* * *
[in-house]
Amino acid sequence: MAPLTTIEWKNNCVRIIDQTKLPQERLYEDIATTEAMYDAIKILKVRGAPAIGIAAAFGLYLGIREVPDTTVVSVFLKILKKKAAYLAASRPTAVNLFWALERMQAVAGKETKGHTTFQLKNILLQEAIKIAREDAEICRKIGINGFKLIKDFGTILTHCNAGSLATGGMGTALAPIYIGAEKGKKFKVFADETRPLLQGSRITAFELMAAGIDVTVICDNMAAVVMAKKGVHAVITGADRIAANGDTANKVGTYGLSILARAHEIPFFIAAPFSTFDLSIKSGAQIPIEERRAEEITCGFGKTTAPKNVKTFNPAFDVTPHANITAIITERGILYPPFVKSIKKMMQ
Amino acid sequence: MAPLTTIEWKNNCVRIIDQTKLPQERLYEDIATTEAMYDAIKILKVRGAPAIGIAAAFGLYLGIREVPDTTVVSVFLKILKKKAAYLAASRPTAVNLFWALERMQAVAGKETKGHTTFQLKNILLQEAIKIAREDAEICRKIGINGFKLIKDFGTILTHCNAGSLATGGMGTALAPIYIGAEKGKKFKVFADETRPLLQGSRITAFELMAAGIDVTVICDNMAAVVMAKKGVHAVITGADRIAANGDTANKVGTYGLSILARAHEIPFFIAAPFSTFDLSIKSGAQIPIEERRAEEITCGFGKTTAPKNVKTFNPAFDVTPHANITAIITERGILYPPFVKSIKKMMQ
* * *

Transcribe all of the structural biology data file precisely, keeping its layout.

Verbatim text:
[in-house]
Amino acid sequence: MAPLTTIEWKNNCVRIIDQTKLPQERLYEDIATTEAMYDAIKILKVRGAPAIGIAAAFGLYLGIREVPDTTVVSVFLKILKKKAAYLAASRPTAVNLFWALERMQAVAGKETKGHTTFQLKNILLQEAIKIAREDAEICRKIGINGFKLIKDFGTILTHCNAGSLATGGMGTALAPIYIGAEKGKKFKVFADETRPLLQGSRITAFELMAAGIDVTVICDNMAAVVMAKKGVHAVITGADRIAANGDTANKVGTYGLSILARAHEIPFFIAAPFSTFDLSIKSGAQIPIEERRAEEITCGFGKTTAPKNVKTFNPAFDVTPHANITAIITERGILYPPFVKSIKKMMQ
Amino acid sequence: MAPLTTIEWKNNCVRIIDQTKLPQERLYEDIATTEAMYDAIKILKVRGAPAIGIAAAFGLYLGIREVPDTTVVSVFLKILKKKAAYLAASRPTAVNLFWALERMQAVAGKETKGHTTFQLKNILLQEAIKIAREDAEICRKIGINGFKLIKDFGTILTHCNAGSLATGGMGTALAPIYIGAEKGKKFKVFADETRPLLQGSRITAFELMAAGIDVTVICDNMAAVVMAKKGVHAVITGADRIAANGDTANKVGTYGLSILARAHEIPFFIAAPFSTFDLSIKSGAQIPIEERRAEEITCGFGKTTAPKNVKTFNPAFDVTPHANITAIITERGILYPPFVKSIKKMMQ